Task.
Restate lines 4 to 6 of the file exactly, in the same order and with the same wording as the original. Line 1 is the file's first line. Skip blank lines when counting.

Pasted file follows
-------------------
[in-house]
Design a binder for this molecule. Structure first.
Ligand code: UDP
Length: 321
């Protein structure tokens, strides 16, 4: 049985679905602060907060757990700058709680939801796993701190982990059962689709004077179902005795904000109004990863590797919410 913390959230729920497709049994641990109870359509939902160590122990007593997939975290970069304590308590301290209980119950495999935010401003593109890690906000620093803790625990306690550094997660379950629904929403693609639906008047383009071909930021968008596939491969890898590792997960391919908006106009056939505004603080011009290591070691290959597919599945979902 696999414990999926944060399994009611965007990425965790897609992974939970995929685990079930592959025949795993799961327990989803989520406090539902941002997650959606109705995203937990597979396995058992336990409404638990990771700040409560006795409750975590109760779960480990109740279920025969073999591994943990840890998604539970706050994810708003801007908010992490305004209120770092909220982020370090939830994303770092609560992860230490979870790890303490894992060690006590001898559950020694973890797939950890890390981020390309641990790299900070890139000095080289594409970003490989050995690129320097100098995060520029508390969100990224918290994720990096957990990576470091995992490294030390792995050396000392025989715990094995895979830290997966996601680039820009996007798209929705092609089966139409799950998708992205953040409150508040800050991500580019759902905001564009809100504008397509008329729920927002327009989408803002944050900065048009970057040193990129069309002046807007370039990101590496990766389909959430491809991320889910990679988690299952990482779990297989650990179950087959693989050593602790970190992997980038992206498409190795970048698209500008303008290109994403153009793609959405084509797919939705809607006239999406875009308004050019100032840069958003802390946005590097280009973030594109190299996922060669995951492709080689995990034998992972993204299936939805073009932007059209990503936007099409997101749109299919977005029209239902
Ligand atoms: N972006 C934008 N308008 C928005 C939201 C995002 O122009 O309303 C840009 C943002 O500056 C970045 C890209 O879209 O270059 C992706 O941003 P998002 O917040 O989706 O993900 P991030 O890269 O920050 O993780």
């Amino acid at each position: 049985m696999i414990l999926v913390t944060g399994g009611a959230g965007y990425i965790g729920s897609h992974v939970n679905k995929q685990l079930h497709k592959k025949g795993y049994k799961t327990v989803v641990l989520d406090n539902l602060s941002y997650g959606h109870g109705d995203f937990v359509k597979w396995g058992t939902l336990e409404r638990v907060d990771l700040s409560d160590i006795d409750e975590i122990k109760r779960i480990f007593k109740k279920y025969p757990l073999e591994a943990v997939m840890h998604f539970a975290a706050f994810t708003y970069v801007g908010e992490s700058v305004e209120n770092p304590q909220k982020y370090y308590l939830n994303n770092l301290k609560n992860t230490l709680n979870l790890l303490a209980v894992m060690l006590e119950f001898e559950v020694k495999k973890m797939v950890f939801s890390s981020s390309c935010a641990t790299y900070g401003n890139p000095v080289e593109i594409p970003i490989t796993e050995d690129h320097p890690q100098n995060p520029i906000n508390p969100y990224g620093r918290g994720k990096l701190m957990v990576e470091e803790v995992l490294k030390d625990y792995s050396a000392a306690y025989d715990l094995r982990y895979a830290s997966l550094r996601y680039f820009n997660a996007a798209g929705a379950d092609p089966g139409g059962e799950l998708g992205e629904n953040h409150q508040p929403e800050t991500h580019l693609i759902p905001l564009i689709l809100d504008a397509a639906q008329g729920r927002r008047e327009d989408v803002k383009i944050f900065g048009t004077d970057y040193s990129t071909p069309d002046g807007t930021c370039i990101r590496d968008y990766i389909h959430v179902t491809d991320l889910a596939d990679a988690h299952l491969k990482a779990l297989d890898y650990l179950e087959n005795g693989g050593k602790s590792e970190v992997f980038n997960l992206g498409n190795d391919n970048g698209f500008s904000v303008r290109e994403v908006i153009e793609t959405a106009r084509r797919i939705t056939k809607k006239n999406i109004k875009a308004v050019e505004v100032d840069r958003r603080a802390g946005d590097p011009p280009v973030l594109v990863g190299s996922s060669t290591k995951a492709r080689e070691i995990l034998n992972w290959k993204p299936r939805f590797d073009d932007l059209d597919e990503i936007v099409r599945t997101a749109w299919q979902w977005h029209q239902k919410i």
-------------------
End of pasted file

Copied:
Length: 321
């Protein structure tokens, strides 16, 4: 049985679905602060907060757990700058709680939801796993701190982990059962689709004077179902005795904000109004990863590797919410 913390959230729920497709049994641990109870359509939902160590122990007593997939975290970069304590308590301290209980119950495999935010401003593109890690906000620093803790625990306690550094997660379950629904929403693609639906008047383009071909930021968008596939491969890898590792997960391919908006106009056939505004603080011009290591070691290959597919599945979902 696999414990999926944060399994009611965007990425965790897609992974939970995929685990079930592959025949795993799961327990989803989520406090539902941002997650959606109705995203937990597979396995058992336990409404638990990771700040409560006795409750975590109760779960480990109740279920025969073999591994943990840890998604539970706050994810708003801007908010992490305004209120770092909220982020370090939830994303770092609560992860230490979870790890303490894992060690006590001898559950020694973890797939950890890390981020390309641990790299900070890139000095080289594409970003490989050995690129320097100098995060520029508390969100990224918290994720990096957990990576470091995992490294030390792995050396000392025989715990094995895979830290997966996601680039820009996007798209929705092609089966139409799950998708992205953040409150508040800050991500580019759902905001564009809100504008397509008329729920927002327009989408803002944050900065048009970057040193990129069309002046807007370039990101590496990766389909959430491809991320889910990679988690299952990482779990297989650990179950087959693989050593602790970190992997980038992206498409190795970048698209500008303008290109994403153009793609959405084509797919939705809607006239999406875009308004050019100032840069958003802390946005590097280009973030594109190299996922060669995951492709080689995990034998992972993204299936939805073009932007059209990503936007099409997101749109299919977005029209239902
Ligand atoms: N972006 C934008 N308008 C928005 C939201 C995002 O122009 O309303 C840009 C943002 O500056 C970045 C890209 O879209 O270059 C992706 O941003 P998002 O917040 O989706 O993900 P991030 O890269 O920050 O993780």